The principled negotiation model (win/win) (as described in “Getting to Yes”, Fisher, Ury and Patton, Penguin Books, 1991) seeks to establish a model or framework for, arguably, universal use; subject of course to adjustments for context (e.g. legislated negotiation, or cross-cultural contexts). 

The model assumes that two or more parties, even if acting angrily or adversarily, are acting in good faith. If they are not acting in good faith it is hard to envisage how parties will correctly identify interests, available options and value in outcomes. If the parties don’t act in good faith, the interaction is likely to be pointless, at worst, or leave value on the table and the parties in a state of ongoing tension.

The importance, then, of negotiating the negotiation and establishing a base of good faith is paramount. But even if we do that can things still go wrong?

Emotions are real, and if we have ‘skin in the game’ (e.g. we are negotiating on our own behalf) it is likely that our inner tensions will rise and fall in the discourse of a negotiation. So let’s take a situation where our negotiation counterpart displays outward anger. How do we interpret this? Do we equate anger with a lack of good faith, or bad faith? Can people express their emotions and still be acting in good faith? What of e-negotiation and the written language – is there a risk that written language is interpreted according to how it is read rather than according to the intent of the writer? What of good faith where the written word is interpreted not according to its intent? Does good faith then require clarification before reaction? All this might beg the question: Is ‘good faith’ an answer or a minefield?

In his 2010 paper, ‘Feeding the Right Wolf’, Jeffery Stempel eloquently raises the issue of mindfulness for negotiators and its importance in distilling what we experience and observe. Stempel writes:

‘Most people exhibit a range of good and bad behavior as well as a range of positive and negative emotions. .. Riskin captures this point brilliantly in his use of the Cherokee homily, in which a grandfather explains the range of human behavior and emotions through use of the good wolf-bad wolf metaphor.He explains that within him two wolves are fighting. The good wolf embodies “joy, peace, love, hope, serenity, humility, kindness, benevolence, empathy, generosity, truth, compassion, and faith” while the bad wolf embodies “anger, envy, sorrow, regret, greed, arrogance, self-pity, guilt, resentment, inferiority, lies, false pride, superiority, and ego.”The grandson asks which of the two wolves will win the battle for the grandfather’s soul, to which he sagely replies, “The one you feed.”[1]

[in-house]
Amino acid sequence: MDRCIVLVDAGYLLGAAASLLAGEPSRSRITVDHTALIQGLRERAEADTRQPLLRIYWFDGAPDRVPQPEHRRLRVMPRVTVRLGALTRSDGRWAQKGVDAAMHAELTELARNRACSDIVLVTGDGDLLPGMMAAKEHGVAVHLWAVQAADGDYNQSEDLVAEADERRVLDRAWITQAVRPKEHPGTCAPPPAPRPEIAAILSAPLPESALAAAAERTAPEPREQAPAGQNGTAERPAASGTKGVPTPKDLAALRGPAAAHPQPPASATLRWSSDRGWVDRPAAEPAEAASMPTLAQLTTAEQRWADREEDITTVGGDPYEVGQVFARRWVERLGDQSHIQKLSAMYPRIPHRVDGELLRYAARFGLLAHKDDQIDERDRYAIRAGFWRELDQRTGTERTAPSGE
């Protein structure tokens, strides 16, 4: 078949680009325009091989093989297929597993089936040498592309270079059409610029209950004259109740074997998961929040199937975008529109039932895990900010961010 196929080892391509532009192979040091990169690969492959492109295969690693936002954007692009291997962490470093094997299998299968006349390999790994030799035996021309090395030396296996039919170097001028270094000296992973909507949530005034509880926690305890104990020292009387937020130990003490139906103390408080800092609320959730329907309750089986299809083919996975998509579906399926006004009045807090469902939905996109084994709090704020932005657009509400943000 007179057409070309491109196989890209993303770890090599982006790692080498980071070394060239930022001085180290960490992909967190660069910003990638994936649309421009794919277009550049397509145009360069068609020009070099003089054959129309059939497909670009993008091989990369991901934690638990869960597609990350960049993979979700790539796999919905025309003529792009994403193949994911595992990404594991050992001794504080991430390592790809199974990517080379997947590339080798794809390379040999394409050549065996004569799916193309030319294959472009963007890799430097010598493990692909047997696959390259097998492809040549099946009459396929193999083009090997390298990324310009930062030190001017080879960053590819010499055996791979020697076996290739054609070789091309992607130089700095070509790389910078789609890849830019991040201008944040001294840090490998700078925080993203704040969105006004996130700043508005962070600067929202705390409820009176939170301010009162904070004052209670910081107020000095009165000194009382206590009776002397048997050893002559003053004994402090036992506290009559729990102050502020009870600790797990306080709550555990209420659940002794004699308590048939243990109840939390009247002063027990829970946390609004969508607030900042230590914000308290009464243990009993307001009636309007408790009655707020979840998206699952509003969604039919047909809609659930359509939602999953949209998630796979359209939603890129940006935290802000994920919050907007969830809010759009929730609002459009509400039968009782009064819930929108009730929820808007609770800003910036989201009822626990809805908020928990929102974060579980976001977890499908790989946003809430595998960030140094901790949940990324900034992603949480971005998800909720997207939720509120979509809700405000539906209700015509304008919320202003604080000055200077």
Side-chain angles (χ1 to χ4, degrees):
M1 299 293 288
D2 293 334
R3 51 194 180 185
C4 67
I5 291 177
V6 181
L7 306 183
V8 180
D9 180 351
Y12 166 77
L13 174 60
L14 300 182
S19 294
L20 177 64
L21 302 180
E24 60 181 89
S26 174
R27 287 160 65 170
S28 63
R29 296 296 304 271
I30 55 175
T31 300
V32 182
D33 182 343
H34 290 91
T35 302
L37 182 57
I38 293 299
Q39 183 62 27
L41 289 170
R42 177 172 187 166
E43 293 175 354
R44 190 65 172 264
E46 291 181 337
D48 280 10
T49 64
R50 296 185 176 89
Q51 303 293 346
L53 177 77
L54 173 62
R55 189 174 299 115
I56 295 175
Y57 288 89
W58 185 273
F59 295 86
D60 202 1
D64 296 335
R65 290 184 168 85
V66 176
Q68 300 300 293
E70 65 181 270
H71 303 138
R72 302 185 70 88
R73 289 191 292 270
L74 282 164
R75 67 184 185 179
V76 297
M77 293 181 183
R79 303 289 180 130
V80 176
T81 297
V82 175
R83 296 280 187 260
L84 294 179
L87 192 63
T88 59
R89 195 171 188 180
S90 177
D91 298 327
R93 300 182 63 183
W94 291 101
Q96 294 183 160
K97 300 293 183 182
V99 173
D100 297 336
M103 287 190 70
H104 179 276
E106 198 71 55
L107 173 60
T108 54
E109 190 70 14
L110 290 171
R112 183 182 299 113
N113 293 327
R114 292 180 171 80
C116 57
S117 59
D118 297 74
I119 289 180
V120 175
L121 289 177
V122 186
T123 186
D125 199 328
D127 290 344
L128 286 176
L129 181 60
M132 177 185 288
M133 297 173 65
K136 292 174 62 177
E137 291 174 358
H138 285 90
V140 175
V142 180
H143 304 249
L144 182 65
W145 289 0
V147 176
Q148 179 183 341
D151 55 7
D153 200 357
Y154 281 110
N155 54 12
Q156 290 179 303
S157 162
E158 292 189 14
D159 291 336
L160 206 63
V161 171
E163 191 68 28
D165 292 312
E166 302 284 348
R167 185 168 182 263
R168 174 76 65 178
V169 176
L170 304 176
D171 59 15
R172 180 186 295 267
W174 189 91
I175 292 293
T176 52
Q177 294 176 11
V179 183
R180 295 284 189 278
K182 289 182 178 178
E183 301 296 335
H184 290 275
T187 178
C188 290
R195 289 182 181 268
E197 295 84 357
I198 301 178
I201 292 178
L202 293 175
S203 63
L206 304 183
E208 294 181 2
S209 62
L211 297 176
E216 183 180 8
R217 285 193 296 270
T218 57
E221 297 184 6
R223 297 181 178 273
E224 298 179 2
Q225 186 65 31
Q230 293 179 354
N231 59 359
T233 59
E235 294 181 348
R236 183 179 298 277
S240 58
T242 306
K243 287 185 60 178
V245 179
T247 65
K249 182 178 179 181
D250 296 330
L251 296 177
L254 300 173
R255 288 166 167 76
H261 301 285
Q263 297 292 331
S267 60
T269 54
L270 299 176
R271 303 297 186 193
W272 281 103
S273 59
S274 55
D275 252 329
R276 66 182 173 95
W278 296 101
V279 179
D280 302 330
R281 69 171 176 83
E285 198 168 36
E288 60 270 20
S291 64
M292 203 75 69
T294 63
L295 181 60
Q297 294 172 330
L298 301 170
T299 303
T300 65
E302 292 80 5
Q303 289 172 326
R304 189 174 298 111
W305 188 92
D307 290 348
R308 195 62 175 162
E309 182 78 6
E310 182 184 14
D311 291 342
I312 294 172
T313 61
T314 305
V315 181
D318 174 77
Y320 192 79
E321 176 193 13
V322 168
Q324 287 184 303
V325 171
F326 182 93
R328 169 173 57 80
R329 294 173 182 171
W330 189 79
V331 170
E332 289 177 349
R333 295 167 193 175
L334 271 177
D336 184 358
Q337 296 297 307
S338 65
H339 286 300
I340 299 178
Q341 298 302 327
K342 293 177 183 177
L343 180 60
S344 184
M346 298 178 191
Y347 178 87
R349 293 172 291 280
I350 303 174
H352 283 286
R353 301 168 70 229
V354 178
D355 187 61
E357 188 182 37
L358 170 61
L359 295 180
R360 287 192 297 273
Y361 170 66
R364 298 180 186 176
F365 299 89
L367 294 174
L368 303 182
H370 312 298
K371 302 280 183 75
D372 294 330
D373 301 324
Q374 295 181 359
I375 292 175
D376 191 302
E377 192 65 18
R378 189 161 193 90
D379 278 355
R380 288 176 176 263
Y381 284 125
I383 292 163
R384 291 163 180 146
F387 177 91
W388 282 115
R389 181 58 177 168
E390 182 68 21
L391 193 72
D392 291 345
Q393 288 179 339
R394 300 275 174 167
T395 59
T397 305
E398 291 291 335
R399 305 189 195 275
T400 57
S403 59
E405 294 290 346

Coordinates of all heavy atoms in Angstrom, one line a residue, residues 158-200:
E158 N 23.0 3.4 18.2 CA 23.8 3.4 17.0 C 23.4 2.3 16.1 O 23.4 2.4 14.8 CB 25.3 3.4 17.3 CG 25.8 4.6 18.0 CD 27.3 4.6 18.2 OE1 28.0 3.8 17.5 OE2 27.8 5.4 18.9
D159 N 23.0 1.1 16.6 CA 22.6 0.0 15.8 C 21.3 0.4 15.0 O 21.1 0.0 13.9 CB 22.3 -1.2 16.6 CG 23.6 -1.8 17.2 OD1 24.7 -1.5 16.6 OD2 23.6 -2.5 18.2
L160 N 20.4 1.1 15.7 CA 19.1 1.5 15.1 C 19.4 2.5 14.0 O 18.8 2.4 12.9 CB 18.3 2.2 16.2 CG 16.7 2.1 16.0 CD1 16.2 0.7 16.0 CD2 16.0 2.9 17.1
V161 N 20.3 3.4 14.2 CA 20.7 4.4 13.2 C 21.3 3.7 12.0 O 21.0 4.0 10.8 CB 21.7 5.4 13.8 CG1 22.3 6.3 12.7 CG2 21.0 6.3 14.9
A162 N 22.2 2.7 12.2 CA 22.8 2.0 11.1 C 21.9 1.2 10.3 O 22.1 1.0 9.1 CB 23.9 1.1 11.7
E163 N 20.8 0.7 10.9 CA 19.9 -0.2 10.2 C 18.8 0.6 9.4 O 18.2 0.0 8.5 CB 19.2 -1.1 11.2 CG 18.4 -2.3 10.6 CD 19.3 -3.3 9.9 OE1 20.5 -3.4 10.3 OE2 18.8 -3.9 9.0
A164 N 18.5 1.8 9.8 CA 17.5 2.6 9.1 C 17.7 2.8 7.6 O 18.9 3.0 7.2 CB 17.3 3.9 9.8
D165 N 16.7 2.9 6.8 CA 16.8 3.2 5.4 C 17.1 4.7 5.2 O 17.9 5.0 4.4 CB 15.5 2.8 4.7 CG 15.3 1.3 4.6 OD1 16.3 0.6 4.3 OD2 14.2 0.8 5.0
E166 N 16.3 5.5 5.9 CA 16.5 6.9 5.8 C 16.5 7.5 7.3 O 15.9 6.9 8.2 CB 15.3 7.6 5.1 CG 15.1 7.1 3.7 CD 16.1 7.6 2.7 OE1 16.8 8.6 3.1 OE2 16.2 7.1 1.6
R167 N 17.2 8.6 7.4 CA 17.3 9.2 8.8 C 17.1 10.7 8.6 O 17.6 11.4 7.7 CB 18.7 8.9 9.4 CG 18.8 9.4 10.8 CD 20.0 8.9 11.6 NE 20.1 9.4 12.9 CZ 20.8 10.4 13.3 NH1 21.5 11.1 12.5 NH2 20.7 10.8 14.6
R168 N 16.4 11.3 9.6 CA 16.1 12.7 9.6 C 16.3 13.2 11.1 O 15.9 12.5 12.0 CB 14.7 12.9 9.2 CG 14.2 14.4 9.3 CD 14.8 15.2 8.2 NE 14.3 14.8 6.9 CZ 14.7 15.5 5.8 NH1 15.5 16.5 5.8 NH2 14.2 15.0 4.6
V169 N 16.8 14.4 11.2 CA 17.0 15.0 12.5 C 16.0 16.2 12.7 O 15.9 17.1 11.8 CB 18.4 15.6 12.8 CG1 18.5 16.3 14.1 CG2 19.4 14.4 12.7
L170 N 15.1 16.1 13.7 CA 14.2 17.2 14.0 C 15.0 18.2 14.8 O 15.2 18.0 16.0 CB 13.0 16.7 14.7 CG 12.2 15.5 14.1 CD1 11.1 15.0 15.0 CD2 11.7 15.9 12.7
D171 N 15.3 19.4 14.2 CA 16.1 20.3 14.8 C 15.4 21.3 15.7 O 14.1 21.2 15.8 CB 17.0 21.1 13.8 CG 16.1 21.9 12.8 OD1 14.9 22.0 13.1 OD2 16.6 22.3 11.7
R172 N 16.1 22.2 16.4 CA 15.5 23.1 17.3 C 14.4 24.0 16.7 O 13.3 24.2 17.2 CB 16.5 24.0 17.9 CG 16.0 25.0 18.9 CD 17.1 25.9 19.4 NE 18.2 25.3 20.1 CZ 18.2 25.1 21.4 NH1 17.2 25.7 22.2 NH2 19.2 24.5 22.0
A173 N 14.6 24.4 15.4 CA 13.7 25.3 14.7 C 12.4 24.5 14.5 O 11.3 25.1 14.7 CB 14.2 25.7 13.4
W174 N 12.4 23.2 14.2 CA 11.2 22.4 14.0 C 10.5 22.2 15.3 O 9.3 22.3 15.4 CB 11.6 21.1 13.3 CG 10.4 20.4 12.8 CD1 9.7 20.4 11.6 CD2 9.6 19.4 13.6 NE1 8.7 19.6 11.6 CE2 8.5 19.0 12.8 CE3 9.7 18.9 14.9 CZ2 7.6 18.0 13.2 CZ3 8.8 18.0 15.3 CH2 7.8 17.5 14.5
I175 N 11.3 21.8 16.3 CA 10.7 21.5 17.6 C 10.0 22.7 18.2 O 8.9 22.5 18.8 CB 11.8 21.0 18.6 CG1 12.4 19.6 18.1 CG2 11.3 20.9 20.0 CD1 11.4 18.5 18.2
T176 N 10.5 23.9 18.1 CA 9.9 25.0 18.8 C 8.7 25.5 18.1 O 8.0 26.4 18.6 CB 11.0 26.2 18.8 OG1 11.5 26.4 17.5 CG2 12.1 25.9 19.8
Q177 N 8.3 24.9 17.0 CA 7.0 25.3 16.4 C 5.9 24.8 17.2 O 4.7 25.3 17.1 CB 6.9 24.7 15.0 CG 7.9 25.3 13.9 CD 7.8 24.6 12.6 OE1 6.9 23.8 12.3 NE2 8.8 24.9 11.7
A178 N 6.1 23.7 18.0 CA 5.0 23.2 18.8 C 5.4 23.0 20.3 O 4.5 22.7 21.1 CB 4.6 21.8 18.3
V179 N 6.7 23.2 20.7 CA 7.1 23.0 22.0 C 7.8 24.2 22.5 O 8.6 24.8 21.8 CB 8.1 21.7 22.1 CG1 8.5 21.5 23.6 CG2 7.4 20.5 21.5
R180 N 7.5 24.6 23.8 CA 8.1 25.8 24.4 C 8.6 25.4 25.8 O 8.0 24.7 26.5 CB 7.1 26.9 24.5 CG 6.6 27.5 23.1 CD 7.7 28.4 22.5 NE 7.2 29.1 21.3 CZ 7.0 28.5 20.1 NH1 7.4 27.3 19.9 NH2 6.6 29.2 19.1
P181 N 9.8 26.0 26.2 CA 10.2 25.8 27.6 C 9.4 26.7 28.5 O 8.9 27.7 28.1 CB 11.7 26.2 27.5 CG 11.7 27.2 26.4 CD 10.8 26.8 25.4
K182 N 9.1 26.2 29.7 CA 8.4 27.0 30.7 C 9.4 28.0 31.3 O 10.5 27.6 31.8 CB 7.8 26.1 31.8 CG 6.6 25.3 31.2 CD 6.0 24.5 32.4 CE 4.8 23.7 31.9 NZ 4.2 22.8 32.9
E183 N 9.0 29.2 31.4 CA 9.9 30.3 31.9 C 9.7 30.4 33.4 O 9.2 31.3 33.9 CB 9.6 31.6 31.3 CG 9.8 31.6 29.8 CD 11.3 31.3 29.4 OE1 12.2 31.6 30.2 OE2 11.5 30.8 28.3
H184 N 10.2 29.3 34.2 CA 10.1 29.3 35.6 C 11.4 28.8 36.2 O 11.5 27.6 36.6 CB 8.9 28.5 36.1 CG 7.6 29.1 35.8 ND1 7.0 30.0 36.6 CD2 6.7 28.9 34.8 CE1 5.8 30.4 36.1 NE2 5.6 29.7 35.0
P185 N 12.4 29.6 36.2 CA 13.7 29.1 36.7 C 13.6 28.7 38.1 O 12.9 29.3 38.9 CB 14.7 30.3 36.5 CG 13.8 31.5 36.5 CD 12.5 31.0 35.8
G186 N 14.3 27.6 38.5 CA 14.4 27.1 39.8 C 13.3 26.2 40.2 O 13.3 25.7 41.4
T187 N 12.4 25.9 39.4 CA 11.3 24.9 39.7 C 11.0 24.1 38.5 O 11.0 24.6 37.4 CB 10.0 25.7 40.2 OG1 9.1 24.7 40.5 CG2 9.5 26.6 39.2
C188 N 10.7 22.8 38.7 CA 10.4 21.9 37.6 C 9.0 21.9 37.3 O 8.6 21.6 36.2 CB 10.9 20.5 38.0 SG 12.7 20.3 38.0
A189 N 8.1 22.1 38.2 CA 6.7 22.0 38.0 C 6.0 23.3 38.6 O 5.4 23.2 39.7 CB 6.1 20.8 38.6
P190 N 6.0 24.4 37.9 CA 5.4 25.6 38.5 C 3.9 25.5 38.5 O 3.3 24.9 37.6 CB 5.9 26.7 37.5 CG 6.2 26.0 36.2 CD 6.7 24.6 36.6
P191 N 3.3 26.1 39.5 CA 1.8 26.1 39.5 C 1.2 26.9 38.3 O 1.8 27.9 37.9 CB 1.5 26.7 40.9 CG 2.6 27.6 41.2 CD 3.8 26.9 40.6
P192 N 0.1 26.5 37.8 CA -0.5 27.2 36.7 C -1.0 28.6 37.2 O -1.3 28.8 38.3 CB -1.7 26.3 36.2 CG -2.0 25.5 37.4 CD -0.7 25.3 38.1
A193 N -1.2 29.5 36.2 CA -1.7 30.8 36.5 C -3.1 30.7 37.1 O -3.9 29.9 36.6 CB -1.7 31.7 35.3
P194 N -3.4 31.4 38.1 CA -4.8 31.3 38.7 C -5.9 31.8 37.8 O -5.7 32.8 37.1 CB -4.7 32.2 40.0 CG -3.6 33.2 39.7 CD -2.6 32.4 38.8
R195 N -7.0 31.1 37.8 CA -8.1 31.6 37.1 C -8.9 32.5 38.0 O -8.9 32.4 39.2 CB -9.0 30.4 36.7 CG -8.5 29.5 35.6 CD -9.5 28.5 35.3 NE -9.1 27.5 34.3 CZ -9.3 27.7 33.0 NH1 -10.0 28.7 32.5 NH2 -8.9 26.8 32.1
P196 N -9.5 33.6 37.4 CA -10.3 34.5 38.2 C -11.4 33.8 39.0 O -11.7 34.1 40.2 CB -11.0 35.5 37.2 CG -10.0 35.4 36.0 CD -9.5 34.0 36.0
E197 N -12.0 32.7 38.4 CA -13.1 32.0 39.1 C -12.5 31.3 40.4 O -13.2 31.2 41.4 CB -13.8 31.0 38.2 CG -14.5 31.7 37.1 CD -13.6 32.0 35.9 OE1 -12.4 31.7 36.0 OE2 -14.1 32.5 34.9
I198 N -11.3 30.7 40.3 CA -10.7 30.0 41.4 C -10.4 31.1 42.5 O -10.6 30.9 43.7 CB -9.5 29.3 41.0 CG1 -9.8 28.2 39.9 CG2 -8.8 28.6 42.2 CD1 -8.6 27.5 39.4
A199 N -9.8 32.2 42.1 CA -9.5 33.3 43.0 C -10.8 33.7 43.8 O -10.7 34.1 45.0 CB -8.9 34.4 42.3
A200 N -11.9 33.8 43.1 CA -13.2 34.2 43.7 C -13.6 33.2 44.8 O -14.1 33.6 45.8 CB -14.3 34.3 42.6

We might interpret this homily as it applies to ourselves and then commit ourselves to feeding the good wolf. But what if our negotiation counterpart is a bad wolf? The following passage from Stempel is insightful:

The most effective negotiators and mediators will recognize and identify ‘children of darkness’. This should be done not on the basis of stereotypes (e.g., all corporate executives are selfish, all government officers are untrustworthy) but instead based on the observed conduct of disputants as measured by objective factors. For example, if a disputant is repeatedly failing to fulfill preliminary commitments, changing stories, holding back information, bullying, dissembling, or failing to display respect for participants and the process, a reasonably non-näıve negotiator or mediator should recognize the disputant (or its agent) as a bad wolf.” 

At some point, we will almost certainly encounter a ‘child of the dark’ at the bargaining table. How do we then deal with them? If we openly criticise the person, are we too moving to the dark side? I would suggest that our own mindfulness and the injunction to separate people from the problem is something we can turn to. Negotiate the negotiation and clearly demarcate the substantive, process and people issues at the table. And if that doesn’t work, you can always walk to your BATNA (which you will have determined before you went to the bargaining table – right?)

P Raffles (Mediator)

[1]Stempel, J.W., “Feeding the Right Wolf: A Niebuhrian perspective on the opportunities and limits of mindful core concerns dispute resolution:, Nevada Law Journal, 2010, Vol.10, 472 at 488.